4) EmployeeDao.java

It is a java class that uses the HibernateTemplate class method to persist the object of Employee class.

5) applicationContext.xml

In this file, we are providing all the informations of the database in the BasicDataSource object. This object is used in the LocalSessionFactoryBean class object, containing some other informations such as mappingResources and hibernateProperties. The object of LocalSessionFactoryBean class is used in the HibernateTemplate class. Let's see the code of applicationContext.xml file.

hibernate template

File: applicationContext.xml

6) InsertTest.java

This class uses the EmployeeDao class object and calls its saveEmployee method by passing the object of Employee class.

Now, if you see the table in the oracle database, record is inserted successfully.

download this example (developed using MyEclipse IDE)

Enabling automatic table creation, showing sql queries etc.

You can enable many hibernate properties like automatic table creation by hbm2ddl.auto etc. in applicationContext.xml file. Let's see the code:

If you write this code, you don't need to create table because table will be created automatically.

Next TopicSpring and jpa integration

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Sours: https://www.javatpoint.com/hibernate-and-spring-integration

In this spring 5 hibernate 5 annotation example tutorial, learn to create Spring 5 MVC web application, handle form submission, integrate hibernate 5 to connect to backend database and adding hibernate validator for input form fields validation.

We will create a simple screen where we can add user fields (name and email). These details will be first validated and then stored in HSQL database using hibernate. The page will list down all stored users as well.

Table of Contents 1. Development Environment 2. Project Structure 3. Maven Dependencies 4. Configure DispatcherServlet 5. Spring WebMVC Configuration 6. Hibernate Configuration 7. Spring Controller and Path Mappings 8. Service and DAO layer 9. View and Messages 10. Demo

1. Development Environment

  • Eclipse Neon.2
  • JDK 1.8
  • Spring 5.2.0.RELEASE
  • Hibernate 5.2.11.Final
  • Hibernate validator 5.4.1.Final
  • Servlets 3.1.0
  • Tomcat 7 maven plugin 2.2

2. Project Structure

This project has typical maven web application structure.

Spring5 WebMVC Project Structure

2.1. Class Diagram

Class Diagram

3. Maven Dependencies

Find project dependencies used to run this example in file.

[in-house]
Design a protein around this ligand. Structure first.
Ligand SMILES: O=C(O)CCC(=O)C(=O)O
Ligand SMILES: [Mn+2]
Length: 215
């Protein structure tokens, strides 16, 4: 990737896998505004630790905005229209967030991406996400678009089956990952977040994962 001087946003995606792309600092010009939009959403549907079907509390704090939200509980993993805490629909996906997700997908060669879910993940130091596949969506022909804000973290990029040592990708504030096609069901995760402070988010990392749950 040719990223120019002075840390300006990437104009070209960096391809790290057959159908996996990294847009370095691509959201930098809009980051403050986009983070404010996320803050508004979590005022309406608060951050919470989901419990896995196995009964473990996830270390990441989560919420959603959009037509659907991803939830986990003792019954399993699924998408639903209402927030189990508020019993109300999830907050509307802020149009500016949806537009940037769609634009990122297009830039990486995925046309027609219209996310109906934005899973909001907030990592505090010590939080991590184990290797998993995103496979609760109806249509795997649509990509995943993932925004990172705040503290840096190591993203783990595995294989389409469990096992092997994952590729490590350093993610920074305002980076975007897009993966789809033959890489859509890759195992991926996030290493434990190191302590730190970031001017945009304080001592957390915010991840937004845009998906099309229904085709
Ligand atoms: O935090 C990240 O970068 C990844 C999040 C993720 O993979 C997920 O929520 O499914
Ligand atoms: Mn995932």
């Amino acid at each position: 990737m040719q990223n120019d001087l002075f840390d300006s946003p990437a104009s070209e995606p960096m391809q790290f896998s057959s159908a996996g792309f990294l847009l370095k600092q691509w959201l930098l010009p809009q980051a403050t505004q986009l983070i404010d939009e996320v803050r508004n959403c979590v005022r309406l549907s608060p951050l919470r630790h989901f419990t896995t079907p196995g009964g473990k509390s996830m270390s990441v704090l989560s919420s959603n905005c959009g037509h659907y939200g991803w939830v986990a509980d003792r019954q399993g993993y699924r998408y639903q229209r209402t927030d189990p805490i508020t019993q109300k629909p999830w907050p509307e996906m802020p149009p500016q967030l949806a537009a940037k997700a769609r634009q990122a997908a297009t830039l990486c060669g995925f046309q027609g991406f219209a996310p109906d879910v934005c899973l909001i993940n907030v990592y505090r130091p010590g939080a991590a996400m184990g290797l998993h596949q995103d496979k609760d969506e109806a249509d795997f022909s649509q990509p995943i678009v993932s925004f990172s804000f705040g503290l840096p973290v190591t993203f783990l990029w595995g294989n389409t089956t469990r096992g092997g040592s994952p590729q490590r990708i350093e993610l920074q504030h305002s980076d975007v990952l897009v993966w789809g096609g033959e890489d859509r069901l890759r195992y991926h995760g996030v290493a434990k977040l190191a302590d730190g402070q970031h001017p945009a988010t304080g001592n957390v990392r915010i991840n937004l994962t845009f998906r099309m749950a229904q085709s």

<project xmlns="http://maven.apache.org/POM/4.0.0" xmlns:xsi="http://www.w3.org/2001/XMLSchema-instance" xsi:schemaLocation="http://maven.apache.org/POM/4.0.0 http://maven.apache.org/xsd/maven-4.0.0.xsd; <modelVersion>4.0.0</modelVersion> <groupId>com.howtodoinjava.spring5.demo</groupId> <artifactId>spring5-mvc-hibernate-example</artifactId> <version>0.0.1-SNAPSHOT</version> <packaging>war</packaging> <properties> <failOnMissingWebXml>false</failOnMissingWebXml> <spring.version>5.2.0.RELEASE</spring.version> <hibernate.version>5.2.11.Final</hibernate.version> <hibernate.validator>5.4.1.Final</hibernate.validator> <c3p0.version></c3p0.version> <jstl.version>1.2.1</jstl.version> <tld.version>1.1.2</tld.version> <servlets.version>3.1.0</servlets.version> <jsp.version>2.3.1</jsp.version> <hsqldb.version></hsqldb.version> </properties> <dependencies> <!-- Spring MVC Dependency --> <dependency> <groupId>org.springframework</groupId> <artifactId>spring-webmvc</artifactId> <version>${spring.version}</version> </dependency> <!-- Spring ORM --> <dependency> <groupId>org.springframework</groupId> <artifactId>spring-orm</artifactId> <version>${spring.version}</version> </dependency> <!-- Hibernate Core --> <dependency> <groupId>org.hibernate</groupId> <artifactId>hibernate-core</artifactId> <version>${hibernate.version}</version> </dependency> <!-- Hibernate-C3P0 Integration --> <dependency> <groupId>org.hibernate</groupId> <artifactId>hibernate-c3p0</artifactId> <version>${hibernate.version}</version> </dependency> <!-- c3p0 --> <dependency> <groupId>com.mchange</groupId> <artifactId>c3p0</artifactId> <version>${c3p0.version}</version> </dependency> <!-- Hibernate Validator --> <dependency> <groupId>org.hibernate</groupId> <artifactId>hibernate-validator</artifactId> <version>${hibernate.validator}</version> </dependency> <!-- JSTL Dependency --> <dependency> <groupId>javax.servlet.jsp.jstl</groupId> <artifactId>javax.servlet.jsp.jstl-api</artifactId> <version>${jstl.version}</version> </dependency> <dependency> <groupId>taglibs</groupId> <artifactId>standard</artifactId> <version>${tld.version}</version> </dependency> <!-- Servlet Dependency --> <dependency> <groupId>javax.servlet</groupId> <artifactId>javax.servlet-api</artifactId> <version>${servlets.version}</version> <scope>provided</scope> </dependency> <!-- JSP Dependency --> <dependency> <groupId>javax.servlet.jsp</groupId> <artifactId>javax.servlet.jsp-api</artifactId> <version>${jsp.version}</version> <scope>provided</scope> </dependency> <!-- HSQL Dependency --> <dependency> <groupId>hsqldb</groupId> <artifactId>hsqldb</artifactId> <version>${hsqldb.version}</version> </dependency> </dependencies> <build> <sourceDirectory>src/main/java</sourceDirectory> <resources> <resource> <directory>src/main/resources</directory> </resource> </resources> <plugins> <plugin> <artifactId>maven-compiler-plugin</artifactId> <version>3.5.1</version> <configuration> <source>1.8</source> <target>1.8</target> </configuration> </plugin> <plugin> <groupId>org.apache.tomcat.maven</groupId> <artifactId>tomcat7-maven-plugin</artifactId> <version>2.2</version> <configuration> <path>/</path> </configuration> </plugin> </plugins> </build> </project>